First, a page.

Religion is an intricate issue in any society since its practice and experience is often more subjective than objective. In essence, while some people hold the religious teachings of one religion in high esteem, others have other doctrines to which they endear. In the end, it cannot be easy to establish any society that has a characteristic religious homogeneity. It is upon this background that the freedom of religion is premised. Whereas it is true that not everybody subscribes to the same regions values, teachings, and practices, they have the liberty to express their deep-seated beliefs without undue prejudice. In essence, as expressed in Lynch v. Donnelly, it is impossible to attain an absolute separation between the government and religion. In the same way, it is difficult to reach entirely exclude religion in education. Jesus as a figure in Christian epistemology was both human and spirit.
It is notable that the act of depicting Jesus as a hero neither implies imposing the belief of Christianity on the rest of the people or otherwise undermining the freedoms of others to exercise their religious beliefs hence the essay on Jesus and a drawing of the Last Supper is not subversive whatsoever (Carper, Hunt, & Praeger (Westport, Conn.), 2009). Nonetheless, in grading the student work, various legal considerations have to be made. First, it is essential to understand the substance of the question within a legal lens. Ideally, the question of "who do you consider your hero" is subjective and thus requires an individual opinion. In this regard, it is essential to understand the applicability of the Universal Declaration of Human Rights (UDHR) and the International Covenant on Civil and Political Rights (ICCPR to the expression of Jesus Christ as a personal hero to anybody. In light of these two provisions, people have the liberty to express their ideas freely, and information unabated as long as the process does not undermine national security or the freedoms of others. As shown in Employment Div., Dept. of Human Resources of Ore. v. Smith, everyone has the right to believe and profess any religious doctrine he or she desires.
Whereas religious pundits and critics alike may argue that presenting Jesus Christ as a hero implies an attempt to advance the ideologies of one religion at the expense of the rest thus an aspect of the religious establishment, it is essential to determine what constitutes establishing a religion (Haynes, 2003). It is necessary to consider the application of the free exercise clause of the First Amendment to the United States Constitution which prohibits the respect of any particular religious establishment. Within this clause, it is essential to ascertain whether considering Jesus Christ as a hero is protected as a freedom of expression and speech. It is also critical to understand the spirit of the Free Exercise clause of the First amendment which entrenches the idea that freely and openly exchanging of ideas, even those on religion is necessary for encouraging understanding, truth-seeking, and rebuttal of falsities. As long as displaying the student's work does not constitute "sponsorship, financial support, and active state involvement in a religious activity as explained in Lemon v. Kurtzman, I will display it. At best, it enhances undemanding of different religious teachings which foster religious tolerance resulting in a stable society as envisioned by the First Amendment to the US Supreme Law.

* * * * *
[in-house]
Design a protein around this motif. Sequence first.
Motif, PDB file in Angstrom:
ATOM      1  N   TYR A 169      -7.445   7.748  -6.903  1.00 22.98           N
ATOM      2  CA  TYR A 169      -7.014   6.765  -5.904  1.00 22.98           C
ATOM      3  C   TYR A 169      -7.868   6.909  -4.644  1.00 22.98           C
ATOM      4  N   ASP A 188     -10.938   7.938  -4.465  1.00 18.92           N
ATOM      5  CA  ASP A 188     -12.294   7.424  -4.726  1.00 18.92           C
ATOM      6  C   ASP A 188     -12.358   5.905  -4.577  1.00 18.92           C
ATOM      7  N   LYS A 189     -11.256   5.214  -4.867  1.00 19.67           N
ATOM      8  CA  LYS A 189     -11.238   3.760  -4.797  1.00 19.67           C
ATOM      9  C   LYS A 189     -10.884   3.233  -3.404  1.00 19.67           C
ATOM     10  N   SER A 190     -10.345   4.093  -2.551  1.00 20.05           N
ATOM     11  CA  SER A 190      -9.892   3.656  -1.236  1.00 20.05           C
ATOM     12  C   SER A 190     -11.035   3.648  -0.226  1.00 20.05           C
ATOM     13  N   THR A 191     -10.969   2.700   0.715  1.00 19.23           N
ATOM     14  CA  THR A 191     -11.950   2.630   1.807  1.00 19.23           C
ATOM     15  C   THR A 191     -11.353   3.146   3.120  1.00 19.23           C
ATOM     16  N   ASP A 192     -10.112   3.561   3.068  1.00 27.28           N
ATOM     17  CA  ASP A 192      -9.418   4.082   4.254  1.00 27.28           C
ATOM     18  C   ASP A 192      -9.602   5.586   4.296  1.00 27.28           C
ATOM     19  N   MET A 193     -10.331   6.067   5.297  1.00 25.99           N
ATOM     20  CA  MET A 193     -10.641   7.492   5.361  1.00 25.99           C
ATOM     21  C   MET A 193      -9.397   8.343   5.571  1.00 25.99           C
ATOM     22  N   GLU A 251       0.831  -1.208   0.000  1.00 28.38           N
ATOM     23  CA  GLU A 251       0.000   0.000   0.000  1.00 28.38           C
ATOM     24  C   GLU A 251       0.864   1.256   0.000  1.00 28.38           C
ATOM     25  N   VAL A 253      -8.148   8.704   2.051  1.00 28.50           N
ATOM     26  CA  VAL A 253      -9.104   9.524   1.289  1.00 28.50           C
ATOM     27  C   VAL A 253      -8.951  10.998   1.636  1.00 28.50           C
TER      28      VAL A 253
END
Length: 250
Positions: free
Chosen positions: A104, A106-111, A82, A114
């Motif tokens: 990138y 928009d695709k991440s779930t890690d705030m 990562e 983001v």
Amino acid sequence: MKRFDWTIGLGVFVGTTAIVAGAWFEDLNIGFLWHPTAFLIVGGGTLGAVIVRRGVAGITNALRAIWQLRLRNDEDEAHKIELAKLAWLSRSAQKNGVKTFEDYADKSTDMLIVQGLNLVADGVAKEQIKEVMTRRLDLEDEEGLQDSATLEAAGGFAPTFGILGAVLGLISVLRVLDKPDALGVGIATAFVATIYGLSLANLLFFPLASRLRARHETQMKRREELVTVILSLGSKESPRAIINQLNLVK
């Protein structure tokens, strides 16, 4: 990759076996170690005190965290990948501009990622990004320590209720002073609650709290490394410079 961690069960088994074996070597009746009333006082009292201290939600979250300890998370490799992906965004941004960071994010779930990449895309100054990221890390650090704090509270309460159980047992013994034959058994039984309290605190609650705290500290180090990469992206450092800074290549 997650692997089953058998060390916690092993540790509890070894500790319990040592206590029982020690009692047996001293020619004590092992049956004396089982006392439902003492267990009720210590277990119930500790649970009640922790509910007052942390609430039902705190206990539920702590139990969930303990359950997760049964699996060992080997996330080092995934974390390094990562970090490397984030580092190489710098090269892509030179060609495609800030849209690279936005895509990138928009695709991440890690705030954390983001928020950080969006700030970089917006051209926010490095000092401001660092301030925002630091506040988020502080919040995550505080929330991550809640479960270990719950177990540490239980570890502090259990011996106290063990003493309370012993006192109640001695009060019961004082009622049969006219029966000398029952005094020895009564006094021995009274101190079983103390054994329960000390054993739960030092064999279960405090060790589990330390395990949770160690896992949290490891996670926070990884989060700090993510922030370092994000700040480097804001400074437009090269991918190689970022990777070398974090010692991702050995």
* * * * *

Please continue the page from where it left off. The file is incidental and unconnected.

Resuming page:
Carper, J. C., Hunt, T. C., & Praeger (Westport, Conn.). (2009). The Praeger handbook of religion and education in the United States. Westport, Conn: Praeger Publishers.
Employment Div., Dept. of Human Resources of Ore. v. Smith, 494 U.S. 872, 110 S. Ct. 1595, 108 L. Ed. 2d 876 (1990).
Haynes, C. C. (2003). The First Amendment in schools: A guide from the First Amendment Center. Alexandria, Va: Association for Supervision and Curriculum Development.
Lemon v. Kurtzman, 403 U.S. 602, 91 S. Ct. 2105, 29 L. Ed. 2d 745 (1971).
Lynch v. Donnelly, 465 U.S. 668, 104 S. Ct. 1355, 79 L. Ed. 2d 604 (1984).
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